Pulsatile delivery of a leucine supplement during long-term continuous enteral feeding enhances lean growth in term neonatal pigs

Claire Boutry, Samer W. El-Kadi, Agus Suryawan, Julia Steinhoff-Wagner, Barbara Stoll, Renán A. Orellana, Hanh V. Nguyen, Scot R. Kimball, Marta L. Fiorotto, Teresa A. Davis

Research output: Contribution to journalArticle

7 Scopus citations


Neonatal pigs are used as a model to study and optimize the clinical treatment of infants who are unable to maintain oral feeding. Using this model, we have shown previously that pulsatile administration of leucine during continuous feeding over 24 h via orogastric tube enhanced protein synthesis in skeletal muscle compared with continuous feeding alone. To determine the long-term effects of leucine pulses, neonatal piglets (n = 11–12/group) were continuously fed formula via orogastric tube for 21 days, with an additional parenteral infusion of either leucine (CON + LEU; 800 μmol·kg–1·h–1) or alanine (CON + ALA) for 1 h every 4 h. The results show that body and muscle weights and lean gain were ~25% greater, and fat gain was 48% lower in CON + LEU than CON + ALA; weights of other tissues were unaffected by treatment. Fractional protein synthesis rates in longissimus dorsi, gastrocnemius, and soleus muscles were ~30% higher in CON + LEU compared with CON + ALA and were associated with decreased Deptor abundance and increased mTORC1, mTORC2, 4E-BP1, and S6K1 phosphorylation, SNAT2 abundance, and association of eIF4E with eIF4G and RagC with mTOR. There were no treatment effects on PKB, eIF2α, eEF2, or PRAS40 phosphorylation, Rheb, SLC38A9, v-ATPase, LAMTOR1, LAMTOR2, RagA, RagC, and LAT1 abundance, the proportion of polysomes to nonpolysomes, or the proportion of mRNAs encoding rpS4 or rpS8 associated with polysomes. Our results demonstrate that pulsatile delivery of a leucine supplement during 21 days of continuous enteral feeding enhances lean growth by stimulating the mTORC1-dependent translation initiation pathway, leading to protein synthesis in skeletal muscle of neonates.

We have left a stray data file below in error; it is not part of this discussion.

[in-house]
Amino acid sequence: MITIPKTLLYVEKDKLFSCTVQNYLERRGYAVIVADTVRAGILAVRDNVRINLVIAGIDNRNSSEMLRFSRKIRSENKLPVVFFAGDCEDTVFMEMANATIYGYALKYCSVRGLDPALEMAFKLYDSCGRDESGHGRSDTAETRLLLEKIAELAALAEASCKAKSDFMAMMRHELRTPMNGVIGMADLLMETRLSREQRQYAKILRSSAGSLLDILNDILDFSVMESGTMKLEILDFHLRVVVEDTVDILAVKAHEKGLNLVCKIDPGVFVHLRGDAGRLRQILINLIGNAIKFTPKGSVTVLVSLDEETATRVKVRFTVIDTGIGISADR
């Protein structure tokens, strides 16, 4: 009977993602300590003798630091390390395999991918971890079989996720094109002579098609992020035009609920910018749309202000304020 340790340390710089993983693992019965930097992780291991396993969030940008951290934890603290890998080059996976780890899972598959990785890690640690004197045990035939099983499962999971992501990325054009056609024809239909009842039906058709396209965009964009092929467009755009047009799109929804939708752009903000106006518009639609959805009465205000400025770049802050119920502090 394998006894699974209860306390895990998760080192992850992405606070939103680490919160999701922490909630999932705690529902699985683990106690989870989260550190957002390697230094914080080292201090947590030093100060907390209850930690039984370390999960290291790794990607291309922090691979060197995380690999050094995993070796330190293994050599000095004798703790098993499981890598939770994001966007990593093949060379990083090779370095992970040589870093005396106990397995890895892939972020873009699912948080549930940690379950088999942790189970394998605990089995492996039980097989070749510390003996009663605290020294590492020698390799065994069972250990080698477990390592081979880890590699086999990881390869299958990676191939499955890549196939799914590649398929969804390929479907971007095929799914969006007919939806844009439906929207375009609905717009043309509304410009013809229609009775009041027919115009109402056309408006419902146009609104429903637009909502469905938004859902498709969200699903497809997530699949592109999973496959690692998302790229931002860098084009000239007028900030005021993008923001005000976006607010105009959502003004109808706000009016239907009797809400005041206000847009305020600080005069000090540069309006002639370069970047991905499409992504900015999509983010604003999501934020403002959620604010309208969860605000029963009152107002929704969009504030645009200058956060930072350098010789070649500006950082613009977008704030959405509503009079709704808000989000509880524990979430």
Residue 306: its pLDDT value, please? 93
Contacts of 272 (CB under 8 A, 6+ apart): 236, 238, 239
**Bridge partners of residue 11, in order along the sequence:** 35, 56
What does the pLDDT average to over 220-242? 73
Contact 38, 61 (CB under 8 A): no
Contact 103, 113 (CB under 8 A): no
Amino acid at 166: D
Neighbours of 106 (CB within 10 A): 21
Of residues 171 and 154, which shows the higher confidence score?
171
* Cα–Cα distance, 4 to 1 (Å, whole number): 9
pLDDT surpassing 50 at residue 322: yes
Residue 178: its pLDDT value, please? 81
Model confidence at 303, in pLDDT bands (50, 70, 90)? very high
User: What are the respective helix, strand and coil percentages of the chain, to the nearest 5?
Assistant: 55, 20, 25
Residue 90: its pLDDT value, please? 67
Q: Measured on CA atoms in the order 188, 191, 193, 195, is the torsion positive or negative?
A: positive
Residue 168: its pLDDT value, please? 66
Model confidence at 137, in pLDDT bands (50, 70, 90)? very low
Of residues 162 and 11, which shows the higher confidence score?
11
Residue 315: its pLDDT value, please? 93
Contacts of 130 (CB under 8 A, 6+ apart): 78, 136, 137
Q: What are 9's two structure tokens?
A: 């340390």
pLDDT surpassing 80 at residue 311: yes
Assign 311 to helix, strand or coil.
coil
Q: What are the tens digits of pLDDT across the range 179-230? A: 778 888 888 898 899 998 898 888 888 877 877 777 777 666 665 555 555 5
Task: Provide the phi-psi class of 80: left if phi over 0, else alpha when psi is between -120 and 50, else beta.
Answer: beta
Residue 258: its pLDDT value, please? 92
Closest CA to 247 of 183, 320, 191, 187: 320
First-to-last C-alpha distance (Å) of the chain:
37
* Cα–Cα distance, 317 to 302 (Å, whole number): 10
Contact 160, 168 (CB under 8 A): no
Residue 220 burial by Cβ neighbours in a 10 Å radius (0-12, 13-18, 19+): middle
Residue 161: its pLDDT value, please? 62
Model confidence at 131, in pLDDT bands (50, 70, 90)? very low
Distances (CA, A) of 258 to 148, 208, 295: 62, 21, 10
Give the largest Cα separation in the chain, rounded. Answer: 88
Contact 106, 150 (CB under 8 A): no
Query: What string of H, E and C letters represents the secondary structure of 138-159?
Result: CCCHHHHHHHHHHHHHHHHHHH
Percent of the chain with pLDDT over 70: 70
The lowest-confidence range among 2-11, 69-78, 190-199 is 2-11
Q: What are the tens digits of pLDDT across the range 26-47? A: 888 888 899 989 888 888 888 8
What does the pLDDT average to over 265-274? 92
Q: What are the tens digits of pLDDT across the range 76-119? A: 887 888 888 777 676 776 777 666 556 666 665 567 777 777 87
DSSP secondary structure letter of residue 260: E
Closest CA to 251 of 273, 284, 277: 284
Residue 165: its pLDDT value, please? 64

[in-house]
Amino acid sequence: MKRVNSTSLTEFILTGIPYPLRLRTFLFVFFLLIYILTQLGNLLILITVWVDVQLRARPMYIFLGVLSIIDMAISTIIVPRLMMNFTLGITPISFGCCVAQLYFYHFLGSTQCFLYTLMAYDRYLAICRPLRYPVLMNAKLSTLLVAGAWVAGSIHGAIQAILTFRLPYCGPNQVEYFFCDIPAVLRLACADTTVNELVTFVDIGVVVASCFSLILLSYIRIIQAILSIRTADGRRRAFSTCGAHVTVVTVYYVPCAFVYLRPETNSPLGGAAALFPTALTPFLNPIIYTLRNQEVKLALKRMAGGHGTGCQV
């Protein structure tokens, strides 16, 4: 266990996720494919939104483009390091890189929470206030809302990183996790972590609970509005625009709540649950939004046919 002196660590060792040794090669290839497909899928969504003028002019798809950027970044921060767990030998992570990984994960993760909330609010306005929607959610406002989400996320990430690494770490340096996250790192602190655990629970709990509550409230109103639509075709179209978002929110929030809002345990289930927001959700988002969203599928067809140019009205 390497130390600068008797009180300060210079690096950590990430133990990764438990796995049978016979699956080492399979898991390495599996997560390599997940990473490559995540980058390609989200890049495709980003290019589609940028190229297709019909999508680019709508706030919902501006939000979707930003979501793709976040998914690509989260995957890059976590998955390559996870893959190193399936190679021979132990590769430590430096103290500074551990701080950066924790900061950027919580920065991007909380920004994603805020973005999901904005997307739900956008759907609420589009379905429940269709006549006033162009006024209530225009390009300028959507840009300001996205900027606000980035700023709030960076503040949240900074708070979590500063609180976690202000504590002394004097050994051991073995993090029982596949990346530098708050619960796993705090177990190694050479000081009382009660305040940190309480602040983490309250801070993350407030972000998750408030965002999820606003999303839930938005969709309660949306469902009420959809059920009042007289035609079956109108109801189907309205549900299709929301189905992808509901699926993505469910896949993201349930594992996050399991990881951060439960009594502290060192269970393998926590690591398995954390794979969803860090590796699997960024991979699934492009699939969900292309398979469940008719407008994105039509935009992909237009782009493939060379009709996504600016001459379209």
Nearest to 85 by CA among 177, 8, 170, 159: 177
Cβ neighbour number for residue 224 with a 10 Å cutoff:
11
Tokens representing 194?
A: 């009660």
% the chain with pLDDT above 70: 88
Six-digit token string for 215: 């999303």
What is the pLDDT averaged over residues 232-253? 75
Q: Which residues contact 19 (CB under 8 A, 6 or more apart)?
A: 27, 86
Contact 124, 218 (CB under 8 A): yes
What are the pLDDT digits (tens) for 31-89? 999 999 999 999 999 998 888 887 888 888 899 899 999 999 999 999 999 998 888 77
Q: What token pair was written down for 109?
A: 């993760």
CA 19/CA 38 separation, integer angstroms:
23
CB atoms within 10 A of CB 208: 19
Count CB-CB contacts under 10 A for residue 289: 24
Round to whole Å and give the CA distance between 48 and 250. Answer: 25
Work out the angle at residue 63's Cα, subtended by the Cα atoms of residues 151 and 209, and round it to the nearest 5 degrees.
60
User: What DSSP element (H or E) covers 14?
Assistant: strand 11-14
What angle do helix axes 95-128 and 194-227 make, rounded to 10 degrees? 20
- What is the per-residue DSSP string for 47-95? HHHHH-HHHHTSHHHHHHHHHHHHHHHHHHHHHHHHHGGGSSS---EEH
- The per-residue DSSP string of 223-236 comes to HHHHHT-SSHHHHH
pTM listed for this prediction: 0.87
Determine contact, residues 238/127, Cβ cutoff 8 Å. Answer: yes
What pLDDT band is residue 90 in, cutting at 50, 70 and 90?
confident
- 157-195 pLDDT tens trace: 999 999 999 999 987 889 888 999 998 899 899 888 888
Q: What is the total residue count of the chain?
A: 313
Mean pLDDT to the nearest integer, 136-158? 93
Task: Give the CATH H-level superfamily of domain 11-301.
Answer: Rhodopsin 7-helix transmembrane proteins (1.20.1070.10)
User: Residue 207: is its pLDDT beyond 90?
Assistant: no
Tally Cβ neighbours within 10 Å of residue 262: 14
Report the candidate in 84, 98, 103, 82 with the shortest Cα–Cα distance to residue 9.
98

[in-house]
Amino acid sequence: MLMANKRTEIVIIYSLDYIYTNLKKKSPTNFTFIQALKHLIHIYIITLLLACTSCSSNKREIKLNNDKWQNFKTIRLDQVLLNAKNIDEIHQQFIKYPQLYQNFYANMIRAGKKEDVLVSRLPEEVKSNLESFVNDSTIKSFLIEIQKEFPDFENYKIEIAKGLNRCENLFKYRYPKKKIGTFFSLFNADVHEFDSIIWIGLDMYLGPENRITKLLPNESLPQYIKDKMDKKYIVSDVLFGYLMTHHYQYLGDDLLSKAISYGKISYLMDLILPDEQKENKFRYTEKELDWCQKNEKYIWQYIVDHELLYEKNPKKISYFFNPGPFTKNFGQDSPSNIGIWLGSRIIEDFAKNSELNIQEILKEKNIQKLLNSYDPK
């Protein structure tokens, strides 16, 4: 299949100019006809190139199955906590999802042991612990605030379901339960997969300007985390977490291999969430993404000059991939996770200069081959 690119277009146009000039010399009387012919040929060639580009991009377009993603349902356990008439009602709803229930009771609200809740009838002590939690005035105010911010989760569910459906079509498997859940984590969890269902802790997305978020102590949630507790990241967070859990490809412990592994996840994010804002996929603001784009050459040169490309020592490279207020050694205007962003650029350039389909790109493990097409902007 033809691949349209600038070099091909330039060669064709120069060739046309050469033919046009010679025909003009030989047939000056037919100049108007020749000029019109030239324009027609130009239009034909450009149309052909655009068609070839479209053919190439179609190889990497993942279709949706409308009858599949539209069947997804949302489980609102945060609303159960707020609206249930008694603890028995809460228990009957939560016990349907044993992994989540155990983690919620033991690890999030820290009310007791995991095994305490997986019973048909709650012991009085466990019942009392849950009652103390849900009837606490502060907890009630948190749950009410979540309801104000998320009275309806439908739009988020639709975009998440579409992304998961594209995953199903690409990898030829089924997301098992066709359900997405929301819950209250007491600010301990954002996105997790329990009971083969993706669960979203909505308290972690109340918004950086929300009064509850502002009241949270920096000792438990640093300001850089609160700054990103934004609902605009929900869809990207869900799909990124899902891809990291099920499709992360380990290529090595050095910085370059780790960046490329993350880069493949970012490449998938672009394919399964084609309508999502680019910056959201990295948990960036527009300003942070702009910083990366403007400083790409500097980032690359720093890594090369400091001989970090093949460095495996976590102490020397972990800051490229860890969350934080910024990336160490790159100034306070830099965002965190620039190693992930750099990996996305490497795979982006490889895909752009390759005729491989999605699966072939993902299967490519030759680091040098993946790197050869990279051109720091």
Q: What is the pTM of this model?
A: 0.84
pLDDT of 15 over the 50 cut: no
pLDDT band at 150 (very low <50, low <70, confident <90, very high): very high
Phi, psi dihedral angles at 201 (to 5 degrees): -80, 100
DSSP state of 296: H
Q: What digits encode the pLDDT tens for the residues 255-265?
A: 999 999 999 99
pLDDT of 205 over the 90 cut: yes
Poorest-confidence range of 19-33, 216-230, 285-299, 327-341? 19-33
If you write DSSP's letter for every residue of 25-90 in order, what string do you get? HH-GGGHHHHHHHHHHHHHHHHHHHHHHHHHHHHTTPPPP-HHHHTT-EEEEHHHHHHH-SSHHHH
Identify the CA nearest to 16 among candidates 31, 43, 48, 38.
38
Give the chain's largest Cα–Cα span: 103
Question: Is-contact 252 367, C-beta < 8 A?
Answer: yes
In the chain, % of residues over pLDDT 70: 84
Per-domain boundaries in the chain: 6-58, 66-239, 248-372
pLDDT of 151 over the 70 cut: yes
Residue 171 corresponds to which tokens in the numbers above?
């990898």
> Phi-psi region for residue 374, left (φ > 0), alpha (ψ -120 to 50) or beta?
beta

Original languageEnglish (US)
Pages (from-to)E699-E713
JournalAmerican Journal of Physiology - Endocrinology and Metabolism
Issue number8
Publication statusPublished - Apr 15 2016


All Science Journal Classification (ASJC) codes

  • Endocrinology, Diabetes and Metabolism
  • Physiology
  • Physiology (medical)

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